What do you infer about the difference between two population means? Inferences about Two Means with Independent Samples (Assuming Unequal Variances) Using independent samples means that there is no relationship between the groups. These populations

## What do you infer about the difference between two population means?

Inferences about Two Means with Independent Samples (Assuming Unequal Variances) Using independent samples means that there is no relationship between the groups. These populations are not related, and the samples are independent. We look at the difference of the independent means.

## When making inferences about the difference in population means with the 2 sample t test the observed value for the test statistic is?

For the null hypothesis, the observed t-statistic is equal to the difference between the two sample means divided by the standard error of the difference between the sample means.

**When comparing proportions from two populations we do inference about?**

In Inference for Two Proportions, we learned two inference procedures to draw conclusions about a difference between two population proportions (or about a treatment effect): (1) a confidence interval when our goal is to estimate the difference and (2) a hypothesis test when our goal is to test a claim about the …

**What inferences on the mean of a population do we have?**

Making inferences about a population mean requires several assumptions: 1) Random: The data come from a random sample of size n from the population of interest or a randomized experiment. 2) Normal: The population has a Normal distribution.

### Which test is used to compare the mean of two populations?

two-sample t-test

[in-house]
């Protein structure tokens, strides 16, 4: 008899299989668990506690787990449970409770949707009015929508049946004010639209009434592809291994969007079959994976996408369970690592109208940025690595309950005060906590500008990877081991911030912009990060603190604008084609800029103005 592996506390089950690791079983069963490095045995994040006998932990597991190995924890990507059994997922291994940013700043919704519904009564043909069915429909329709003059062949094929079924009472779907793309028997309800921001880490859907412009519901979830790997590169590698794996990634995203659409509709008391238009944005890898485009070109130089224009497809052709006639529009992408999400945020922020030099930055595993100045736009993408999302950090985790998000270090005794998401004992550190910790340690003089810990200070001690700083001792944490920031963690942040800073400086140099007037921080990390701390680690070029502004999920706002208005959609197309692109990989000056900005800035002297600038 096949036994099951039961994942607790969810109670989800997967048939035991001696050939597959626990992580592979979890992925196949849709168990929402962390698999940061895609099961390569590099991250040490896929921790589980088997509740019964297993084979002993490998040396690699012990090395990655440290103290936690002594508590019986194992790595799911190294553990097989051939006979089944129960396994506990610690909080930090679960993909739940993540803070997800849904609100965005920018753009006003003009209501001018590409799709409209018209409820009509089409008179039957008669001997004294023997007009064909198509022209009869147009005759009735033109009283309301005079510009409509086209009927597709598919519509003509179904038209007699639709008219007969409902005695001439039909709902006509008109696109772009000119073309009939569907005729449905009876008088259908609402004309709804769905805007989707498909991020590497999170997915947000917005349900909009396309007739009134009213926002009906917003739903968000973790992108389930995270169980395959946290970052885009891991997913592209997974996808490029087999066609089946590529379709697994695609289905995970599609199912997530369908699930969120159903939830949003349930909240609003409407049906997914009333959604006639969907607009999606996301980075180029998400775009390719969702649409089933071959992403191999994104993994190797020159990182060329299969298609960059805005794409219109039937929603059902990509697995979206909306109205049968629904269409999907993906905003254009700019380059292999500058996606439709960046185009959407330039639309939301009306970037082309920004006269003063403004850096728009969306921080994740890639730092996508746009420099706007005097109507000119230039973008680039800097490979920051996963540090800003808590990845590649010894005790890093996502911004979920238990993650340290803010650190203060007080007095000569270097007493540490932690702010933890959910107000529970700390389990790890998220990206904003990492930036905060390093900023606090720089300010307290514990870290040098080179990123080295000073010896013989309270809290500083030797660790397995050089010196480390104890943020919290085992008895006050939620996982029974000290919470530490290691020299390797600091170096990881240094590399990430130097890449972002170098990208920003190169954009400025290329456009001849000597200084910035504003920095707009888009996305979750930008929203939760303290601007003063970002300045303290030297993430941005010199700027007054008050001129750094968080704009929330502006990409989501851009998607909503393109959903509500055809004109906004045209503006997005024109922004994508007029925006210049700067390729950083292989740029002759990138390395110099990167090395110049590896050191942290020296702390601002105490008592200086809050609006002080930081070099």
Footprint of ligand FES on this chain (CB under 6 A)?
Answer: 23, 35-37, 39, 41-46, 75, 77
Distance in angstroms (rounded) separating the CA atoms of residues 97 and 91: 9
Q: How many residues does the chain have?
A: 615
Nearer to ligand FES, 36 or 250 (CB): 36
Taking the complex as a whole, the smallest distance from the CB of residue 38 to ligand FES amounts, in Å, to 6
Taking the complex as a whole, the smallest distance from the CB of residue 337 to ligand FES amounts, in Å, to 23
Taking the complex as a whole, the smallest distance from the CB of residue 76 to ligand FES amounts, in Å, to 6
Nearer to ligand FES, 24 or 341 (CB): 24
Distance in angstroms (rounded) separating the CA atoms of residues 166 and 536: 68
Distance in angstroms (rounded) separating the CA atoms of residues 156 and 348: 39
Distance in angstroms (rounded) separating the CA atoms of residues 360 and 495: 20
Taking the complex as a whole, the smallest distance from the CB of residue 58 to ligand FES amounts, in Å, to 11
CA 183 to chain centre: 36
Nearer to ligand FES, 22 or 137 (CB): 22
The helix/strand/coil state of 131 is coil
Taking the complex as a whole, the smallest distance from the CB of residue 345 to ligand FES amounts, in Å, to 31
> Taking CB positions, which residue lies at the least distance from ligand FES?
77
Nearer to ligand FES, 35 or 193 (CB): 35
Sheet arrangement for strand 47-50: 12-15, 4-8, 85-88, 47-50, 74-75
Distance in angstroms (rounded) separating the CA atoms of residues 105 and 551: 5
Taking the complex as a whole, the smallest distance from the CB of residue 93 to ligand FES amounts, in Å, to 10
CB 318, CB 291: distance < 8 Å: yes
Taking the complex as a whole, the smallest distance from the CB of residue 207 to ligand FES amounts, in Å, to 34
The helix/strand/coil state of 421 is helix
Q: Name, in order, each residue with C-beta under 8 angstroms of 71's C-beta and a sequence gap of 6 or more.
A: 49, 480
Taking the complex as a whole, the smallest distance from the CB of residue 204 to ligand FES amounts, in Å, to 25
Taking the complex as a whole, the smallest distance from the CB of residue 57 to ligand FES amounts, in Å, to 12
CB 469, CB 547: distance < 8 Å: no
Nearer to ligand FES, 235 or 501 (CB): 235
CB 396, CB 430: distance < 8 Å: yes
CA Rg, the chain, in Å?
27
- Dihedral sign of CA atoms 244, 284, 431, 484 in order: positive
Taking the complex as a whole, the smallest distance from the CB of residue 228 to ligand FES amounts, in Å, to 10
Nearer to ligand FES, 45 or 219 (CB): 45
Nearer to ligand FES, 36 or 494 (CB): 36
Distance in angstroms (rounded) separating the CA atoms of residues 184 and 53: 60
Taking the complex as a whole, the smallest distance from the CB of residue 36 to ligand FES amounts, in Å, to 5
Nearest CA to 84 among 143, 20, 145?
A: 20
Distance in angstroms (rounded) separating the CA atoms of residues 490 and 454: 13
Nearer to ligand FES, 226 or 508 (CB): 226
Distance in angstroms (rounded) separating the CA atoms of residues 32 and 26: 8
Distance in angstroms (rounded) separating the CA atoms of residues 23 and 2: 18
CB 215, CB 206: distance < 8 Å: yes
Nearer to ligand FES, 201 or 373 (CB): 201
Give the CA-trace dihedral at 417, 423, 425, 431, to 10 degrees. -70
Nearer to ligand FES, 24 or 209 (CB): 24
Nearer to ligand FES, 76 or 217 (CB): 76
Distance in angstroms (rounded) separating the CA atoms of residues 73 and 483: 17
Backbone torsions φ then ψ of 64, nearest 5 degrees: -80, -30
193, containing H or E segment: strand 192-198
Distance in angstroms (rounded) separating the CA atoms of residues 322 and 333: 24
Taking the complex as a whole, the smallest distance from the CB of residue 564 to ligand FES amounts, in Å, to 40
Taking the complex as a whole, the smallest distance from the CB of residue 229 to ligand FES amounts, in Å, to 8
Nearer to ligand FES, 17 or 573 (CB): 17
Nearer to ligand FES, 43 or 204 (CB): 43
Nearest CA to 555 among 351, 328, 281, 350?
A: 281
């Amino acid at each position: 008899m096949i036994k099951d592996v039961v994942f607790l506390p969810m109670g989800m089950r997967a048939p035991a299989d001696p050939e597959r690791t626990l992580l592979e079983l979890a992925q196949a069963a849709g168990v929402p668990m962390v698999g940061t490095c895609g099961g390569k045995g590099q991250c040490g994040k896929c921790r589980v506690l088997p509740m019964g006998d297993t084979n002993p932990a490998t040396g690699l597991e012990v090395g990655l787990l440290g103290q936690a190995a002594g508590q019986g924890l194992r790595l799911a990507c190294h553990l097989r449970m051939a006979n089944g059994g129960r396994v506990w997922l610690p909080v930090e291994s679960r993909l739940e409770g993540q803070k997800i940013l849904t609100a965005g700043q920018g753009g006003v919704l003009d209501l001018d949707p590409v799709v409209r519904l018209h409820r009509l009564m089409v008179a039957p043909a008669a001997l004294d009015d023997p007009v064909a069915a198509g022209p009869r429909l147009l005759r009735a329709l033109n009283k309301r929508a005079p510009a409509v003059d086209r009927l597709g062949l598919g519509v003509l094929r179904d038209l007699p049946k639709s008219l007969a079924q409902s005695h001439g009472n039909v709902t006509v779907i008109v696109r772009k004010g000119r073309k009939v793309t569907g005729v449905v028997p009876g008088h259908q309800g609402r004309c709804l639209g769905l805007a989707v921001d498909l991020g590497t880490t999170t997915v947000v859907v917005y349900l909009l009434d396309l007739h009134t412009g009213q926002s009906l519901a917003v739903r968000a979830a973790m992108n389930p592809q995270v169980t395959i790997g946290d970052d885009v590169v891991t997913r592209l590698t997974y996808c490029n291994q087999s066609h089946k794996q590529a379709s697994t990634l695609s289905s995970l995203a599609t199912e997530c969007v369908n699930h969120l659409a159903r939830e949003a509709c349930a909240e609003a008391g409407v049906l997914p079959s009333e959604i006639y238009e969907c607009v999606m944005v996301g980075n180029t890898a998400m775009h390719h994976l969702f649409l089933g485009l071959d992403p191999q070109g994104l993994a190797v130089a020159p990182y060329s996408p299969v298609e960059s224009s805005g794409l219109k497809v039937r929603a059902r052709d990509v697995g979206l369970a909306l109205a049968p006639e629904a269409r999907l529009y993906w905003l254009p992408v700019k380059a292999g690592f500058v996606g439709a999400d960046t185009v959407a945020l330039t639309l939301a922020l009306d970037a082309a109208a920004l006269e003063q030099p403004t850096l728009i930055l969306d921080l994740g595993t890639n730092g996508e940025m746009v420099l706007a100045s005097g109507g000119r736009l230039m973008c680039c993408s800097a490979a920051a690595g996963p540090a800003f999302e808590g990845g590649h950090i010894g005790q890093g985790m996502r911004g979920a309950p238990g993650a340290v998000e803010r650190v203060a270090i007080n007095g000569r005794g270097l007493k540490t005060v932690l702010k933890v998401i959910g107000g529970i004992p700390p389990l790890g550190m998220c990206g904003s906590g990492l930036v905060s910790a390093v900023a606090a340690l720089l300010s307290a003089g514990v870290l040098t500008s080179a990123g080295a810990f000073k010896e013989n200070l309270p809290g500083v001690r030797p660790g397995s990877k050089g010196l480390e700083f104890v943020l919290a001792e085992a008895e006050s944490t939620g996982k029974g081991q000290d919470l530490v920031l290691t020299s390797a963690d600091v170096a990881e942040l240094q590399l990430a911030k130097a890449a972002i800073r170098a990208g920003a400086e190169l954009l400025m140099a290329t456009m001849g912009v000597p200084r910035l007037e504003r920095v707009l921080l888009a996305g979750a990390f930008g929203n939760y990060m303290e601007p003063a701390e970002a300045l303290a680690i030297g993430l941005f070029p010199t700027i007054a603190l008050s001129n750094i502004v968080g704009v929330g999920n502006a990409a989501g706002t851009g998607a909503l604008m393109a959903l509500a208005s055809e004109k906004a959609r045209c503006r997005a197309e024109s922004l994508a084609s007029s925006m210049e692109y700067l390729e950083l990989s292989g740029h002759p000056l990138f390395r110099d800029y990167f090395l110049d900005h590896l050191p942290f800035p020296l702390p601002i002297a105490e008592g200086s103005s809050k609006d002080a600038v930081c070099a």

The two-sample t-test (Snedecor and Cochran, 1989) is used to determine if two population means are equal. A common application is to test if a new process or treatment is superior to a current process or treatment. There are several variations on this test. The data may either be paired or not paired.

### What are the conditions of inference in statistics?

The conditions we need for inference on one proportion are: Random: The data needs to come from a random sample or randomized experiment. Normal: The sampling distribution of p^p, with, hat, on top needs to be approximately normal — needs at least 10 expected successes and 10 expected failures.

**What is statistical inference Why is it important quizlet?**

Inferential statistics does allow us to make conclusions beyond the data we have to the population to which it was drawn. Inference: The process of drawing conclusions about population parameters based on a sample taken from the population. From the data we can find a conclusions about the population.

**What are the two major components of inference?**

There are two forms of statistical inference:

- Hypothesis testing.
- Confidence interval estimation.

## When do we use sample proportion to make an inference?

When we use a sample proportion to make an inference about a population proportion, there is uncertainty. For this reason, inference involves probability. Under certain conditions, we can model the variability in sample proportions with a normal curve. We use the normal curve to make probability-based decisions about population values.

## Which is a hypothesis test regarding two population proportions?

Therefore, Population 2 is the group of people who have at least some college education and consume too much cholesterol. First, let’s perform a hypothesis test on the difference in the two population proportions using a level of significance α = 0.05 (i.e., 5%).

**Can a population be the same as a population 2?**

Now if both Population 1 and Population 2 are the same in terms of the required proportion, they could be considered to be the “same” population. (Think about this a bit.)

**Which is the most challenging part of inference?**

The most challenging part of using inference tools on problems dealing with two populations is keeping the information straight. Before starting any of the inference methods, take a few moments to label each population. That way you won’t get confused about which information pertains to which population.